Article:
Construction Professionals and Educators Meet for Bemidji Conference
Construction is the very foundation of the modern landscape, with roads, housing, and businesses needing construction in order to thrive. Because of this need, industry professionals and educators gathered in Bemidji on Wednesday for a conference centered around the future of construction.
“North Country Vocational Cooperative Center has brought teachers from around the region to meet with both industry professionals and different members of post-secondary also, St. Cloud State, Bemidji State, and Northwest Technical College is also here tonight,” explained Bemidji High School construction trades teacher Tony Hommes.
Much of the event was focused on the many subfields that construction can provide to an up-and-comer hoping to get into the industry.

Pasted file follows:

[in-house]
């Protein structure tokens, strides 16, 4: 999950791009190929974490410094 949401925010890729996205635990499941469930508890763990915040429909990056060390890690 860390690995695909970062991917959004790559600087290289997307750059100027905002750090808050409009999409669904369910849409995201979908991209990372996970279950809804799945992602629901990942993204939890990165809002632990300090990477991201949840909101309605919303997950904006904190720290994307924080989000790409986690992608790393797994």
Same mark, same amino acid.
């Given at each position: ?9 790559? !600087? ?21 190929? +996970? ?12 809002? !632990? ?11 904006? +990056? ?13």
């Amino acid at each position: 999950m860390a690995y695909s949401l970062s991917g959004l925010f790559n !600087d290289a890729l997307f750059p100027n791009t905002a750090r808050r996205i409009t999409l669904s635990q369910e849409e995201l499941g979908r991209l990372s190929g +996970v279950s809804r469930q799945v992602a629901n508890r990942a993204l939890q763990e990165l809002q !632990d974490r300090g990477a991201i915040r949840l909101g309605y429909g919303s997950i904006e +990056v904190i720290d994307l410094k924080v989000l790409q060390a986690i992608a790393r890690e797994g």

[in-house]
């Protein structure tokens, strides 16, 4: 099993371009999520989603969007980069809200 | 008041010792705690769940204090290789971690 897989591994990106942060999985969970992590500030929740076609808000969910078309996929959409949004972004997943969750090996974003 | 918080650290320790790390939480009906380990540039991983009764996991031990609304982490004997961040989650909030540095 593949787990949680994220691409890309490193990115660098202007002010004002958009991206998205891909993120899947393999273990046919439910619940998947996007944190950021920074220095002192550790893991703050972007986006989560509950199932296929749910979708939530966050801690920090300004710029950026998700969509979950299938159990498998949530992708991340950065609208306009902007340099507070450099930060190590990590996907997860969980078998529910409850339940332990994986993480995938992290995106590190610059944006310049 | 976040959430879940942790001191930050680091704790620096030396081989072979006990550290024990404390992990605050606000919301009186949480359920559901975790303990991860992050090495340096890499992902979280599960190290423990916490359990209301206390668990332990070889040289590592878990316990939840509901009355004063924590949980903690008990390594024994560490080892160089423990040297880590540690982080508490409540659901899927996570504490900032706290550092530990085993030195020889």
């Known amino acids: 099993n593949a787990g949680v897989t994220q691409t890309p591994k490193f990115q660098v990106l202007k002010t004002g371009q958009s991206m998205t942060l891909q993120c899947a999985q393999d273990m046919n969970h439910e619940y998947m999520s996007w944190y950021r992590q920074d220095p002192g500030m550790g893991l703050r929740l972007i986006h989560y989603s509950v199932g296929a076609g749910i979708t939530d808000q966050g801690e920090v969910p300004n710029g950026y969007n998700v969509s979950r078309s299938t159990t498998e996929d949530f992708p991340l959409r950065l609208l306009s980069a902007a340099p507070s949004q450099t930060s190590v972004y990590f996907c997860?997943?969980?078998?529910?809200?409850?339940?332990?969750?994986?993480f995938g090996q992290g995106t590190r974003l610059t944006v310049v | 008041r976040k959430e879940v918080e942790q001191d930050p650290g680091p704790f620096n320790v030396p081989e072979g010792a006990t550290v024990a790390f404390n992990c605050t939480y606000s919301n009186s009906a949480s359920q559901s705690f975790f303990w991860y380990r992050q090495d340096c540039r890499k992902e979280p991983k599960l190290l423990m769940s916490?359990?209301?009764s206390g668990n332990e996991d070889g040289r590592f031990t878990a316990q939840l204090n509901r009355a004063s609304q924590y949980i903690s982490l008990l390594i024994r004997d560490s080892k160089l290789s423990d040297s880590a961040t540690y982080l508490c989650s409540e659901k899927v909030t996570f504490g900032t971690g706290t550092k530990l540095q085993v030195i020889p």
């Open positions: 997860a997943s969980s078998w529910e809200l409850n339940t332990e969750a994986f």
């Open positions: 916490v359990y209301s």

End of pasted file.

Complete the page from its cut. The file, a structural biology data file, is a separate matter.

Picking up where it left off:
“There’s not just one end game when you wanna go in the construction field,” aid Knife River Ready-mix Division sales member Dan Bennett. “There’s several different avenues and going one way to start with may take you somewhere else actually at the end.”
“It’s really about exposing students to, ‘Hey, these are the careers that are out there and you need to try to find what’s of interest to you,'” said St. Cloud State Environmental and Technological faculty member Kurt Helgeson.
Besides being a meet-up for those in the construction industry, it was also meant to showcase the latest innovations in construction technology.
“We’ve got some great things to show these folks coming out from the teachers to the business personnel and end users alike,” said Milwaukee Tools senior national accounts manager Peter Carlson.
Ultimately, while showcasing flashy tools and brick laying robots was certainly a draw to this event, at the end of the day, it was meant to show educators what fields their students might someday break ground in.
“This just really opens up the doors to show ’em, there’s several avenues that you can go and not everybody needs to go down that same route, and just getting that message out to teachers that they can relay onto the students.” said Bennett.
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